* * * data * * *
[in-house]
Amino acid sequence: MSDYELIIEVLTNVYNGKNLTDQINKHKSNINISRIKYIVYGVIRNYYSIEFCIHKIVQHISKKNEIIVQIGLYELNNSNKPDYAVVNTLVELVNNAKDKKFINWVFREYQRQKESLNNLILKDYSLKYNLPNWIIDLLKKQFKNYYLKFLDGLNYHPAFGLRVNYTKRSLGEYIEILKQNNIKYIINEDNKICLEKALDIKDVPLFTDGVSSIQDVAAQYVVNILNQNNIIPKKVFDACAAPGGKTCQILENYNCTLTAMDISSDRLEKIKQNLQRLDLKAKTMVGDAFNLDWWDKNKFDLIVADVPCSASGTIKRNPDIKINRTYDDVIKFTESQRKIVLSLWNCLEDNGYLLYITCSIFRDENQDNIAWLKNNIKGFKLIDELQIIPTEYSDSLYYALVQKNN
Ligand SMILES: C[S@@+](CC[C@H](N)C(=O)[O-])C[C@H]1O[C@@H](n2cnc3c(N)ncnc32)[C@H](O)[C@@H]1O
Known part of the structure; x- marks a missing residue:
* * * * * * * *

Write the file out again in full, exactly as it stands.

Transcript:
[in-house]
Amino acid sequence: MSDYELIIEVLTNVYNGKNLTDQINKHKSNINISRIKYIVYGVIRNYYSIEFCIHKIVQHISKKNEIIVQIGLYELNNSNKPDYAVVNTLVELVNNAKDKKFINWVFREYQRQKESLNNLILKDYSLKYNLPNWIIDLLKKQFKNYYLKFLDGLNYHPAFGLRVNYTKRSLGEYIEILKQNNIKYIINEDNKICLEKALDIKDVPLFTDGVSSIQDVAAQYVVNILNQNNIIPKKVFDACAAPGGKTCQILENYNCTLTAMDISSDRLEKIKQNLQRLDLKAKTMVGDAFNLDWWDKNKFDLIVADVPCSASGTIKRNPDIKINRTYDDVIKFTESQRKIVLSLWNCLEDNGYLLYITCSIFRDENQDNIAWLKNNIKGFKLIDELQIIPTEYSDSLYYALVQKNN
Ligand SMILES: C[S@@+](CC[C@H](N)C(=O)[O-])C[C@H]1O[C@@H](n2cnc3c(N)ncnc32)[C@H](O)[C@@H]1O
Known part of the structure; x- marks a missing residue: